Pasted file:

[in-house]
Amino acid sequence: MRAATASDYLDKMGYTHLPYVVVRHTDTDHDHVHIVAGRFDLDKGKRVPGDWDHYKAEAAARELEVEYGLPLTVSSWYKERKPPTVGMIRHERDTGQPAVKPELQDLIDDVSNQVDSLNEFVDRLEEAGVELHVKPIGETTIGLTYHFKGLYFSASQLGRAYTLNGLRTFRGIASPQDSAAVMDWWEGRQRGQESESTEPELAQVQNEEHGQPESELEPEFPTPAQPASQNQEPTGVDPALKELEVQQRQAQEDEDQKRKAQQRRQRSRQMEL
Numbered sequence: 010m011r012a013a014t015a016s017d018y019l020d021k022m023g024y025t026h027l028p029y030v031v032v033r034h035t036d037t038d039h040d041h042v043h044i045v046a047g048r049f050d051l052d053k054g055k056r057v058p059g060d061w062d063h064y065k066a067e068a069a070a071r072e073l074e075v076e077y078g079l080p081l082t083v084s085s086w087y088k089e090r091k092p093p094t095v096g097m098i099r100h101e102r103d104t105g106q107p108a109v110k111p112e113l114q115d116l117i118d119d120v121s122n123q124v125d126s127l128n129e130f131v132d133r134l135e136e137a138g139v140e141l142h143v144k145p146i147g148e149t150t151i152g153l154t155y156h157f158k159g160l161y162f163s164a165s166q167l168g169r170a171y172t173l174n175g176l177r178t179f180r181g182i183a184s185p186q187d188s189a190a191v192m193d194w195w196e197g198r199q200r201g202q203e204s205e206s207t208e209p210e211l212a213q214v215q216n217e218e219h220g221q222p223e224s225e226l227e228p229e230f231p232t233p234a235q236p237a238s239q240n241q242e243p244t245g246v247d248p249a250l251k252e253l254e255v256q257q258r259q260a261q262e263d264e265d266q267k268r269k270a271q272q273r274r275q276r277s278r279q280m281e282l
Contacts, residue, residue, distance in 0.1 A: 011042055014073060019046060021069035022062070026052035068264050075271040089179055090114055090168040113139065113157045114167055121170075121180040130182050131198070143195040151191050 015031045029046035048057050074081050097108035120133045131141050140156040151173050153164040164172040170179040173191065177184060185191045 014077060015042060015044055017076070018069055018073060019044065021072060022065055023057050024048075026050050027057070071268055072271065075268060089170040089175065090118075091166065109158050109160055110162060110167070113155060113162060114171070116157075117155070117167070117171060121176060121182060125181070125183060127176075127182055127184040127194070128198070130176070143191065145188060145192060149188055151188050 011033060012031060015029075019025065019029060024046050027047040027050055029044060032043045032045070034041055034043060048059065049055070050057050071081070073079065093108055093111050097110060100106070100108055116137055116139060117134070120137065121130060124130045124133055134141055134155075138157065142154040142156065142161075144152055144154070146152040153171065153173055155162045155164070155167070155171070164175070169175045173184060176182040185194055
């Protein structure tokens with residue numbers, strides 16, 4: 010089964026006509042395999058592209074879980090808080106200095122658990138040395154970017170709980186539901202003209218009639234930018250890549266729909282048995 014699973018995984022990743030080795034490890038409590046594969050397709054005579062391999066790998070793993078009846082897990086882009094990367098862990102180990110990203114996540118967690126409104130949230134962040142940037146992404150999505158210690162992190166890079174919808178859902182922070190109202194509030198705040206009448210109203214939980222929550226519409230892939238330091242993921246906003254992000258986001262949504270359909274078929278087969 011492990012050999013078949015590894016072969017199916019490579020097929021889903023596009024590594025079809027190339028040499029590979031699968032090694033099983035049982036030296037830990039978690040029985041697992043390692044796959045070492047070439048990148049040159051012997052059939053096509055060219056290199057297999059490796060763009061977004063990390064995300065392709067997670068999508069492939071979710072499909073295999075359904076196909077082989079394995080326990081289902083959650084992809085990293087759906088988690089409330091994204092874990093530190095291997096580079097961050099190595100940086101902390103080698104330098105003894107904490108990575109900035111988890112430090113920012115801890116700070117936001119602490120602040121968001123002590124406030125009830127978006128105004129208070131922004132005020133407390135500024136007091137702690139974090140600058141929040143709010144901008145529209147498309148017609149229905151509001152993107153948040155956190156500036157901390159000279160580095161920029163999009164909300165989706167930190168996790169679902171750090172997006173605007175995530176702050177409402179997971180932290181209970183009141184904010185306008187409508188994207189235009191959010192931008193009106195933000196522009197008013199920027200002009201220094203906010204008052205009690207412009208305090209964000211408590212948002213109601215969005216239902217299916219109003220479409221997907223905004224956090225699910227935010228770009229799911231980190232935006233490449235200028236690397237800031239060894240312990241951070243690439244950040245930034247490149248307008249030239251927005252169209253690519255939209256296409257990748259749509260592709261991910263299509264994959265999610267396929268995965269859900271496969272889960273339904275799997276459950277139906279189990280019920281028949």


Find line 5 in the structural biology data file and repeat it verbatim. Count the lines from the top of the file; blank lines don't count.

């Protein structure tokens with residue numbers, strides 16, 4: 010089964026006509042395999058592209074879980090808080106200095122658990138040395154970017170709980186539901202003209218009639234930018250890549266729909282048995 014699973018995984022990743030080795034490890038409590046594969050397709054005579062391999066790998070793993078009846082897990086882009094990367098862990102180990110990203114996540118967690126409104130949230134962040142940037146992404150999505158210690162992190166890079174919808178859902182922070190109202194509030198705040206009448210109203214939980222929550226519409230892939238330091242993921246906003254992000258986001262949504270359909274078929278087969 011492990012050999013078949015590894016072969017199916019490579020097929021889903023596009024590594025079809027190339028040499029590979031699968032090694033099983035049982036030296037830990039978690040029985041697992043390692044796959045070492047070439048990148049040159051012997052059939053096509055060219056290199057297999059490796060763009061977004063990390064995300065392709067997670068999508069492939071979710072499909073295999075359904076196909077082989079394995080326990081289902083959650084992809085990293087759906088988690089409330091994204092874990093530190095291997096580079097961050099190595100940086101902390103080698104330098105003894107904490108990575109900035111988890112430090113920012115801890116700070117936001119602490120602040121968001123002590124406030125009830127978006128105004129208070131922004132005020133407390135500024136007091137702690139974090140600058141929040143709010144901008145529209147498309148017609149229905151509001152993107153948040155956190156500036157901390159000279160580095161920029163999009164909300165989706167930190168996790169679902171750090172997006173605007175995530176702050177409402179997971180932290181209970183009141184904010185306008187409508188994207189235009191959010192931008193009106195933000196522009197008013199920027200002009201220094203906010204008052205009690207412009208305090209964000211408590212948002213109601215969005216239902217299916219109003220479409221997907223905004224956090225699910227935010228770009229799911231980190232935006233490449235200028236690397237800031239060894240312990241951070243690439244950040245930034247490149248307008249030239251927005252169209253690519255939209256296409257990748259749509260592709261991910263299509264994959265999610267396929268995965269859900271496969272889960273339904275799997276459950277139906279189990280019920281028949």